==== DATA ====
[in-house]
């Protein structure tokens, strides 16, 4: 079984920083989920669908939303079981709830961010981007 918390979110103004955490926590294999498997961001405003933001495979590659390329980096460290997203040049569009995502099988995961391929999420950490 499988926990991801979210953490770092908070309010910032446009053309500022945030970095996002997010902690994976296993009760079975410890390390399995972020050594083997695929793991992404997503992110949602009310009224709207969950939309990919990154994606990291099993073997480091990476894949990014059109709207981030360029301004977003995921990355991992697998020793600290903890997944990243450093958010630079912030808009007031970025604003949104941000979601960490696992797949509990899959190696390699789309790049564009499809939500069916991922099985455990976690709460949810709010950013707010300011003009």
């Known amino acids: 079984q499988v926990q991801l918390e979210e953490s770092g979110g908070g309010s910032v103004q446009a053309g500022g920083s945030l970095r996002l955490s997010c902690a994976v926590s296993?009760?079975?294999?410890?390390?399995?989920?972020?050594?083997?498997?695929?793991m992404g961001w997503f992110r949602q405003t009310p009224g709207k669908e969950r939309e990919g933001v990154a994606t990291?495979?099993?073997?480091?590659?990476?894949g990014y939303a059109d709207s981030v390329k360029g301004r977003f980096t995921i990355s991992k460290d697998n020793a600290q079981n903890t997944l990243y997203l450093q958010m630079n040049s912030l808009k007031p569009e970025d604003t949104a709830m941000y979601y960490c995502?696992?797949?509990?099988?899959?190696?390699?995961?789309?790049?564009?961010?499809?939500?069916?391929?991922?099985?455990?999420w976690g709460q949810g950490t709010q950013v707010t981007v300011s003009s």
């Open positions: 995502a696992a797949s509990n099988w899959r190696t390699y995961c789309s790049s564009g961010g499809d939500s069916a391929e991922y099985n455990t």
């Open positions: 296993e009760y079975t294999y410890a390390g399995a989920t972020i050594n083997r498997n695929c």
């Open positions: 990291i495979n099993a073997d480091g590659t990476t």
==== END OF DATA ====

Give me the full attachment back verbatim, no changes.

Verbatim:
[in-house]
């Protein structure tokens, strides 16, 4: 079984920083989920669908939303079981709830961010981007 918390979110103004955490926590294999498997961001405003933001495979590659390329980096460290997203040049569009995502099988995961391929999420950490 499988926990991801979210953490770092908070309010910032446009053309500022945030970095996002997010902690994976296993009760079975410890390390399995972020050594083997695929793991992404997503992110949602009310009224709207969950939309990919990154994606990291099993073997480091990476894949990014059109709207981030360029301004977003995921990355991992697998020793600290903890997944990243450093958010630079912030808009007031970025604003949104941000979601960490696992797949509990899959190696390699789309790049564009499809939500069916991922099985455990976690709460949810709010950013707010300011003009």
């Known amino acids: 079984q499988v926990q991801l918390e979210e953490s770092g979110g908070g309010s910032v103004q446009a053309g500022g920083s945030l970095r996002l955490s997010c902690a994976v926590s296993?009760?079975?294999?410890?390390?399995?989920?972020?050594?083997?498997?695929?793991m992404g961001w997503f992110r949602q405003t009310p009224g709207k669908e969950r939309e990919g933001v990154a994606t990291?495979?099993?073997?480091?590659?990476?894949g990014y939303a059109d709207s981030v390329k360029g301004r977003f980096t995921i990355s991992k460290d697998n020793a600290q079981n903890t997944l990243y997203l450093q958010m630079n040049s912030l808009k007031p569009e970025d604003t949104a709830m941000y979601y960490c995502?696992?797949?509990?099988?899959?190696?390699?995961?789309?790049?564009?961010?499809?939500?069916?391929?991922?099985?455990?999420w976690g709460q949810g950490t709010q950013v707010t981007v300011s003009s």
């Open positions: 995502a696992a797949s509990n099988w899959r190696t390699y995961c789309s790049s564009g961010g499809d939500s069916a391929e991922y099985n455990t």
């Open positions: 296993e009760y079975t294999y410890a390390g399995a989920t972020i050594n083997r498997n695929c």
């Open positions: 990291i495979n099993a073997d480091g590659t990476t």